Wrestling is a contact sport that requires players to knock over or hold their opponent down on the ground. The players typically have a set of rules to follow, and it’s either played competitively or for entertainment. This article will mainly focus on wrestling’s entertainment side, or most known as professional wrestling.
In professional wrestling, the wrestler’s attitude is everything. The way they talk, move, and especially how they dress is critical to the whole performance. With these components, the wrestlers have the power to become a character and make the audience believe they are that.
However, some of the wrestlers put on flamboyant personalities for everyone to see, whilst some get hit by scandals, and others wager their hard-earned dollars on other sports. The word is defined as “marked by or given to strikingly elaborate or colorful display or behavior.” Read on to know the most vivid personalities in wrestling history.
Gorgeous George was one of the first wrestlers that brought professional wrestling to its fame today. He’s also one of the prominent wrestlers ever to grace the ring. Born as George Wagner, he entered professional wrestling to earn a living during the Great Depression. However, his audience impact was low due to his small build and lack of expertise and skills.
For this reason, he thought of an ingenious way to ramp up his popularity by becoming Gorgeous George. This persona was an arrogant villain with a platinum blonde-haired villain and wore lace and fur. As an addition, he always went in the ring to “Pomp and Circumstance.” On top of that, he was always escorted by a manservant who spritzed the ring with Chanel perfume.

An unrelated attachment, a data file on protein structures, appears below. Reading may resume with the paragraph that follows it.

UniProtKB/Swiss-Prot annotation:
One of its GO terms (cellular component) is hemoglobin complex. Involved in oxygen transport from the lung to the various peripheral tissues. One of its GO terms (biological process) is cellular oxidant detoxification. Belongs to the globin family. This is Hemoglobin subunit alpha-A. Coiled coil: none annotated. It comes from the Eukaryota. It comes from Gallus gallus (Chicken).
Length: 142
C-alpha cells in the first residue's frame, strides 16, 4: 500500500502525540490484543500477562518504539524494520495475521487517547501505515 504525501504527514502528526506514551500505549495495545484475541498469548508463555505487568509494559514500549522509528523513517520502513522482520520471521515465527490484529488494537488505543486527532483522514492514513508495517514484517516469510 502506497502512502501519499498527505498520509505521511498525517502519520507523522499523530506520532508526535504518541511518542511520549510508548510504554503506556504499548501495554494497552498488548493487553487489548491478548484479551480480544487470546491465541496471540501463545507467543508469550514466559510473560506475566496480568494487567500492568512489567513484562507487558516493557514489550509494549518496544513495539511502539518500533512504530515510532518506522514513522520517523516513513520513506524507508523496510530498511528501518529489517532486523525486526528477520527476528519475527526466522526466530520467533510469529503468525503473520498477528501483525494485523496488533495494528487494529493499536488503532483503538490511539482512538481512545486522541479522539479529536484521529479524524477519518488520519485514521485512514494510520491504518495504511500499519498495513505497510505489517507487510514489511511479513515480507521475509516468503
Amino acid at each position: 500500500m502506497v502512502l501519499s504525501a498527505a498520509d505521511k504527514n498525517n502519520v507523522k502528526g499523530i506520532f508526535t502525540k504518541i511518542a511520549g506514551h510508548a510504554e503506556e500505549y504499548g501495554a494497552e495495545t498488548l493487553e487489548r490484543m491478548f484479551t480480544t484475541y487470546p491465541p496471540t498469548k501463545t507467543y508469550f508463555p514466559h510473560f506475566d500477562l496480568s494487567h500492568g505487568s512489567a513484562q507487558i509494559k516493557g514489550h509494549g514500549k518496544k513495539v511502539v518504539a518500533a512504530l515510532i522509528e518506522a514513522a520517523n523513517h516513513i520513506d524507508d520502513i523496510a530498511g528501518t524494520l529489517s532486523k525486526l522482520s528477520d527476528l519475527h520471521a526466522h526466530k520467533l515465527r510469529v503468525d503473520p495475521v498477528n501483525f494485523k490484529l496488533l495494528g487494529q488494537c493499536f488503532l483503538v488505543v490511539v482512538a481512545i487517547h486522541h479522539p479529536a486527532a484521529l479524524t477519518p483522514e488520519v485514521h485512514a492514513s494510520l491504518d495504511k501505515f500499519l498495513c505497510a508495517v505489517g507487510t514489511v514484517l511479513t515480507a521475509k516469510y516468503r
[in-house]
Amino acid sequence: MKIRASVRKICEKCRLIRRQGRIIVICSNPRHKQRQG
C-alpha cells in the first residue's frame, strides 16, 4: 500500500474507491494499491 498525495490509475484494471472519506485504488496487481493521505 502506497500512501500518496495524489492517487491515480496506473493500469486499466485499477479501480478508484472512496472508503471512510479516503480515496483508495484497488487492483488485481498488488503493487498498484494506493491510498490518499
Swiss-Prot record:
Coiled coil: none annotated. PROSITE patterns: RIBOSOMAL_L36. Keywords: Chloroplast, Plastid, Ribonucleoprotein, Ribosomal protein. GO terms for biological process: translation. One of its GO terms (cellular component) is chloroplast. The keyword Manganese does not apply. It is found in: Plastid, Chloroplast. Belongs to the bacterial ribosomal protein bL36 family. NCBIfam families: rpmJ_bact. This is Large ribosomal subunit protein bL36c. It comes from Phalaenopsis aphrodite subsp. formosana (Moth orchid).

As a villain, George loved to enrage and taunt the audience walking into an arena. If he has time and villainous energy, he will prance around and primp to provoke his watchers more. This gimmick is widely popular now, and some of the wrestlers like Dusty Rhodes and Johnny B. Badd use it. He also cringes and shouts, “Get your filthy hands off me!” when someone checked him for foreign objects.
Randy Savage, or most known as the “Macho Man,” has become a household name. He typically wears striking attires, from a green sequined ensemble to a purple orange fringed one. At one point, he even wore a huge golden cape to show off his extravagance.
Like Gorgeous George, he always entered the ring while they’re playing “Pomp and Circumstance.” He also has a signature catchphrase which is “Oooh yeah!”
Savage’s career had made its way to other media forms like movies, music, and video games with his distinct personality. He is one of many wrestlers who made their way to mainstream pop culture. Even those who don’t watch professional wrestling know his name.
Shawn Michaels helmed many personas in his career and always crushed every single one they gave him. Some are bad, but some are genuinely memorable. One of his unforgettable characters is the “Boy Toy.” This persona was one of his early villain roles or, as they call it in professional wrestling, heel. He swiftly rose to popularity as one of the best heels in professional wrestling.